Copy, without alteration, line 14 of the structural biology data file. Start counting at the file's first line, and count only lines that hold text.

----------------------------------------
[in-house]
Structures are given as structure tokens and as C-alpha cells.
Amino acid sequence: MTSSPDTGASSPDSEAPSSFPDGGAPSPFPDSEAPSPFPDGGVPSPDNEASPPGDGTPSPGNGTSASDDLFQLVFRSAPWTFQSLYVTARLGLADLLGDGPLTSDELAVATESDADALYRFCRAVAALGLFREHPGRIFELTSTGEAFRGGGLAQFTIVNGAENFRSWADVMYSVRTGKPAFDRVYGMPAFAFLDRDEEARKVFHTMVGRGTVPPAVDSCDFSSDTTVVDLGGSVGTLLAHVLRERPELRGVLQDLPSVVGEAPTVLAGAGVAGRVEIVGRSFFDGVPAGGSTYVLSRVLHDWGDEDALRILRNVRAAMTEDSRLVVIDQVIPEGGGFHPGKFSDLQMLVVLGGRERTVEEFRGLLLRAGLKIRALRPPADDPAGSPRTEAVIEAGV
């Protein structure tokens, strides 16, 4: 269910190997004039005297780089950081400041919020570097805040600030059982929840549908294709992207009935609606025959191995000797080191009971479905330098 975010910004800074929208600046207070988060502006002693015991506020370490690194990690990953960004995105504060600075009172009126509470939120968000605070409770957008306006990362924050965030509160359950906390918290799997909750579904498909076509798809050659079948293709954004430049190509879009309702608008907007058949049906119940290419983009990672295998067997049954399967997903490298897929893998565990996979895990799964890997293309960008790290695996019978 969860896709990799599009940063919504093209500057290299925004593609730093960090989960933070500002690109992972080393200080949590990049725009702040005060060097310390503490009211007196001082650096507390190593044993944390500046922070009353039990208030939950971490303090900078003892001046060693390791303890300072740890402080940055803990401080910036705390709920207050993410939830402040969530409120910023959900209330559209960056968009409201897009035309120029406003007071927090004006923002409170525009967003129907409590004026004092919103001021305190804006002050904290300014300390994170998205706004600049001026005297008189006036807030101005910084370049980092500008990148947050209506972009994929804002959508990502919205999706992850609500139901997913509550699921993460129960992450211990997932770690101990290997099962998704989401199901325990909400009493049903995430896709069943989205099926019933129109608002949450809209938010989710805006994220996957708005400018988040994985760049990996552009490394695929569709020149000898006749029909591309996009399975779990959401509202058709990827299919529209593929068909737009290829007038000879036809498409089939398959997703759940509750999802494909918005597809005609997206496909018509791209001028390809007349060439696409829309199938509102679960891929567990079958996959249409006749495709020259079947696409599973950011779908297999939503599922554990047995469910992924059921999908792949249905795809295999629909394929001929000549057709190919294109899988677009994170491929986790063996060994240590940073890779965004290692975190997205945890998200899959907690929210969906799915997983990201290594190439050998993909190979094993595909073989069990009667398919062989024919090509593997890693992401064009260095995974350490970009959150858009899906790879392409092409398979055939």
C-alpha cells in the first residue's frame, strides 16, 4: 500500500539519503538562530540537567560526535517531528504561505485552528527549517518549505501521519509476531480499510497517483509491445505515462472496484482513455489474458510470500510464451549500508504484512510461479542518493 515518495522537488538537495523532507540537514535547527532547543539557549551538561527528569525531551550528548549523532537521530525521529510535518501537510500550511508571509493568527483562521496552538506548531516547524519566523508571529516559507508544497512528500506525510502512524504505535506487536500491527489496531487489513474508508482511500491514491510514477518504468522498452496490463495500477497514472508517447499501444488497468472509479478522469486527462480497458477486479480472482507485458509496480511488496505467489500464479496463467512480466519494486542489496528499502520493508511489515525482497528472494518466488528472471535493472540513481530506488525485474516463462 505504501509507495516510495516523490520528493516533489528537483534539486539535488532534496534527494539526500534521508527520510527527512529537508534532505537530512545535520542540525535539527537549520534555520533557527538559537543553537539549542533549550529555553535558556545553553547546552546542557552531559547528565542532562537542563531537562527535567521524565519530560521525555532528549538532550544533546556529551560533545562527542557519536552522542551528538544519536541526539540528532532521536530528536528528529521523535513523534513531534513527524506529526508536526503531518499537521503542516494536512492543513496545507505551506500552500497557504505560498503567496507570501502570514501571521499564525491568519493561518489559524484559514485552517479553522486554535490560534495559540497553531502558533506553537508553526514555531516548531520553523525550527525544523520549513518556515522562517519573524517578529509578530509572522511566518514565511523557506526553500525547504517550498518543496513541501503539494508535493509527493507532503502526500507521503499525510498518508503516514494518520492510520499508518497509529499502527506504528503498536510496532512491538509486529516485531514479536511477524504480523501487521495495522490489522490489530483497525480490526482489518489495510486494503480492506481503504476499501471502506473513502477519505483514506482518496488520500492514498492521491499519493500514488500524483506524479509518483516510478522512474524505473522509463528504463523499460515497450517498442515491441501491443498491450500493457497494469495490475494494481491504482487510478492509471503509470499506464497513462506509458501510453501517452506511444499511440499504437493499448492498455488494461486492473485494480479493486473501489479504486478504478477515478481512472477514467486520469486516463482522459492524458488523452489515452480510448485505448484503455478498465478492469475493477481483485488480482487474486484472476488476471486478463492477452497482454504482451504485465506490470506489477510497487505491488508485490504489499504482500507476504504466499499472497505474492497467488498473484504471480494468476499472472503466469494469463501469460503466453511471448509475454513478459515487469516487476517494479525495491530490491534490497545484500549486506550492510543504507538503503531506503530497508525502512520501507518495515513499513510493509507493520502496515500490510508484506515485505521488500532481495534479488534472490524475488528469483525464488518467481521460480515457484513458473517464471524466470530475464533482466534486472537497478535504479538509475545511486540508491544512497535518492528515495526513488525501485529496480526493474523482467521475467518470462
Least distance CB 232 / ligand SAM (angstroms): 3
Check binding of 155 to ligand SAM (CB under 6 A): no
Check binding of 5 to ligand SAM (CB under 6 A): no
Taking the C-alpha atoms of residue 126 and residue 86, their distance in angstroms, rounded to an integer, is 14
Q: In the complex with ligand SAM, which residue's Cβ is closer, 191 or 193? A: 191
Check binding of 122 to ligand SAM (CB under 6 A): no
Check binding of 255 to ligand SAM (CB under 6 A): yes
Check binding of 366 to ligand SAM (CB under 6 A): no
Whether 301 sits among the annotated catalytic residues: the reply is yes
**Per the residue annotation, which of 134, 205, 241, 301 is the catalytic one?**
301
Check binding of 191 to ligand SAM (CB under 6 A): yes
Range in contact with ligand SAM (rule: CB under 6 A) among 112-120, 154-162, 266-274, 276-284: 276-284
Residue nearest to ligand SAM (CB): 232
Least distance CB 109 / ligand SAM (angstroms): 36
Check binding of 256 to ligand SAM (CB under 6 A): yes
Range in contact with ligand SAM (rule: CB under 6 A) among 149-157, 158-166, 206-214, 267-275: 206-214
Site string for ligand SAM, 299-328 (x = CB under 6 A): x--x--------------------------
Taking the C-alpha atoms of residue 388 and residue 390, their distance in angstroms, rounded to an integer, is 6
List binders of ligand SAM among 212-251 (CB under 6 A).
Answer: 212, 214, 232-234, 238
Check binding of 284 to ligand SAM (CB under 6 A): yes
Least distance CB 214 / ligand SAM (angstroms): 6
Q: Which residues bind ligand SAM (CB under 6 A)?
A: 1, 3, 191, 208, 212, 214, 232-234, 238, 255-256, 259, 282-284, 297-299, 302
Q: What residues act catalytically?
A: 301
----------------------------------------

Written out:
Whether 301 sits among the annotated catalytic residues: the reply is yes